A native of Asheville, Sarah Addison Allen writes sweet, romantic family dramas with a bit of magical realism. Her first book, Garden Spells, tells the story of the Waverly women who are guardians of an apple tree that contains strange and magical properties. Drawing on her grandmother’s culinary traditions, Claire has built a successful catering business. When her sister returns home, her young daughter in tow, Claire’s quiet, ordered life is turned around–but in a good way.

I’ve loved the characters and relationships in all of Allen’s books. This quote from First Frost is a good example of their personalities. “Oh, please. Everyone in this town always says that like you have to be born here to understand things. I understand plenty. You’re only as weird as you want to be.”

Charles Frazier is best known for his first novel, Cold Mountain, the story of a Confederate soldier making his way home after the war. That story was based on stories from Frazier’s great-great-great grandfather as well as local stories and legends. It’s been several years since I read this one, but I remember the capitivating narrative told in a beautiful way.

Another book I enjoyed by Frazier was Thirteen Moons. As a “bound” boy, twelve-year old Will Cooper is sent to run an trading post in Cherokee territory. He becomes friends with Bear, a Cherokee chief, and is adopted into his tribe. Frazier writes descriptively of the time period, the scenery, and the growth and adventures of Will.

“What I wanted to do was slap him down a bit with wit and word. Grammar and vocabulary as a weapon. But what kind of world would it be if we all took every opportunity presented to us to assault the weak?”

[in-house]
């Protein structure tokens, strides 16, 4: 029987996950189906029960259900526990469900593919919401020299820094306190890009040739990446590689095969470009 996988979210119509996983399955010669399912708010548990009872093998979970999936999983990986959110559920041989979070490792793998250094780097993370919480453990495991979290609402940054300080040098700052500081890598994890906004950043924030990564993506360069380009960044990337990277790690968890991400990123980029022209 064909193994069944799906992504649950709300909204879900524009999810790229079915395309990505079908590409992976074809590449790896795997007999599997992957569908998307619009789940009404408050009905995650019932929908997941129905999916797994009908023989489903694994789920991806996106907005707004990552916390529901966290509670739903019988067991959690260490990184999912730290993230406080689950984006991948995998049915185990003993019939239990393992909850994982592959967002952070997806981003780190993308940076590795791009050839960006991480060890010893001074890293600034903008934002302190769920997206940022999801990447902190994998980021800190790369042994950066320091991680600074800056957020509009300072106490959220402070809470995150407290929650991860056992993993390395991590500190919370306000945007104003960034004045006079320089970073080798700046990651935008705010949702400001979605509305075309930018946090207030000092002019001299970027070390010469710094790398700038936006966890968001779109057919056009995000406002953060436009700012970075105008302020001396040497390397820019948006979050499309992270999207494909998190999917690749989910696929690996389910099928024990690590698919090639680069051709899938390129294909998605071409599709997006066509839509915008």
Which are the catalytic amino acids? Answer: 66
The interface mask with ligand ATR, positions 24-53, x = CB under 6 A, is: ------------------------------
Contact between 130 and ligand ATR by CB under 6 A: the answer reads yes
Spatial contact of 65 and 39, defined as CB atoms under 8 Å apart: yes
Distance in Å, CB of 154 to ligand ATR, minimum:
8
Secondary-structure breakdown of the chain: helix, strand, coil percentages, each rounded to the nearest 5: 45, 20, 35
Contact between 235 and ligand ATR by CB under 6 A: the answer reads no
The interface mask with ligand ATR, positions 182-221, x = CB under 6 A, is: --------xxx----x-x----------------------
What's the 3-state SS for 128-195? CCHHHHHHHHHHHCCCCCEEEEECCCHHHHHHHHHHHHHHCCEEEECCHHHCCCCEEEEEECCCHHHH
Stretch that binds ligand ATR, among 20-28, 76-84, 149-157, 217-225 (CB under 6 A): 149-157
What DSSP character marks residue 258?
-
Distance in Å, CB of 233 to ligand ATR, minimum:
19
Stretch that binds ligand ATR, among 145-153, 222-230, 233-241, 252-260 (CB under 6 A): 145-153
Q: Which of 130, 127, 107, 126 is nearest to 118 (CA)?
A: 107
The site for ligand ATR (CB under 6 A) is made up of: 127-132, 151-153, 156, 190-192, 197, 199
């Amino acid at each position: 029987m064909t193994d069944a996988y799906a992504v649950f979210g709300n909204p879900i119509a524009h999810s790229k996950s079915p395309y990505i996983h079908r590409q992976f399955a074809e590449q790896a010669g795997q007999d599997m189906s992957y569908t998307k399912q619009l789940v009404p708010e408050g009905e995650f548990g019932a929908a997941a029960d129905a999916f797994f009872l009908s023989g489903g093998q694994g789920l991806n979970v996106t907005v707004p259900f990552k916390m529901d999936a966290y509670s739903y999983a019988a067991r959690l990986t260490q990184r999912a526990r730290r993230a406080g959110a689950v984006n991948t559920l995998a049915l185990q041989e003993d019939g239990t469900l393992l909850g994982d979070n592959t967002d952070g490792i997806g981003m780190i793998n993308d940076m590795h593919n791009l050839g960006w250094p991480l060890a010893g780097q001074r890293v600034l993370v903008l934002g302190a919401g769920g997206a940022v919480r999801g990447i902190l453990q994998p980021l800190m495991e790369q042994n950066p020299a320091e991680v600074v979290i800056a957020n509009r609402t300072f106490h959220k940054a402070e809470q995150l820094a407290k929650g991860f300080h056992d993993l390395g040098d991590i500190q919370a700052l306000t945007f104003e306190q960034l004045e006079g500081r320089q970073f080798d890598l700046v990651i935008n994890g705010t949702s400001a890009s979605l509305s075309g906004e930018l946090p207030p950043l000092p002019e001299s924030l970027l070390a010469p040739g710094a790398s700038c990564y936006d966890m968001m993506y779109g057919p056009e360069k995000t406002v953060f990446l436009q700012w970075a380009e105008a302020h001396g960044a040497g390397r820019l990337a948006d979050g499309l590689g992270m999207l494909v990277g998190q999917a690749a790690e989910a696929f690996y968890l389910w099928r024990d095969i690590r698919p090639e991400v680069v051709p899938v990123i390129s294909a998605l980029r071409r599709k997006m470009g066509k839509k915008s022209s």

One more author I will mention–Ron Rash, a poet, short-story writer, and novelist who was born in South Carolina and teaches at Western Carolina University. I’ve read several poems and stories by Rash as well as his novel The Cove though he is better known for his novel, Serena, which was also made into a movie.

The Cove takes place near the town of Mars Hill in the Appalachian mountains of North Carolina during the time of the Great War (or WWI). A young woman, Laurel, lives with her brother, Hank, who has recently returned from fighting in France. Laurel finds a man in the woods nearly dead from yellow jacket stings. Mute, the man carries only a silver flute and a note saying his name is Walter and he is on his way to New York. Walter also carries a secret which may prove a threat to Laurel and Hank as the war in Europe is coming to an end.

As with Frasier and Cash, Rash is able to bring you back in time and to another place and helping you to understand a little part of history.

Any other North Carolina writers you would like to recommend? Or your favorite one from another state?